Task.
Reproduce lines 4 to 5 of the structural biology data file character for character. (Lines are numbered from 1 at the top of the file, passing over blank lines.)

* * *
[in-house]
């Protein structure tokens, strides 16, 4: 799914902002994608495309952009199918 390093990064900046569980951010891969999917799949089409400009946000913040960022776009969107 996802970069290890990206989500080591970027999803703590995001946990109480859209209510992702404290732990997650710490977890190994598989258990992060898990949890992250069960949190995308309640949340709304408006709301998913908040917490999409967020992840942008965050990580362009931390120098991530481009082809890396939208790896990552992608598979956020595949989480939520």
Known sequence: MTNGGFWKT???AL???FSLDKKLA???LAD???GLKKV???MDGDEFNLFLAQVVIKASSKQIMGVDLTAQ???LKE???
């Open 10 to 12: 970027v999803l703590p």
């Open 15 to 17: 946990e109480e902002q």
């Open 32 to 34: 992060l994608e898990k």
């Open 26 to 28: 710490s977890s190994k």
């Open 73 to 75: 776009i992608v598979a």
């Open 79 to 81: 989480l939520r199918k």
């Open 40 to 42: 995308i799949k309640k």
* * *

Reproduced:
């Open 10 to 12: 970027v999803l703590p």
């Open 15 to 17: 946990e109480e902002q």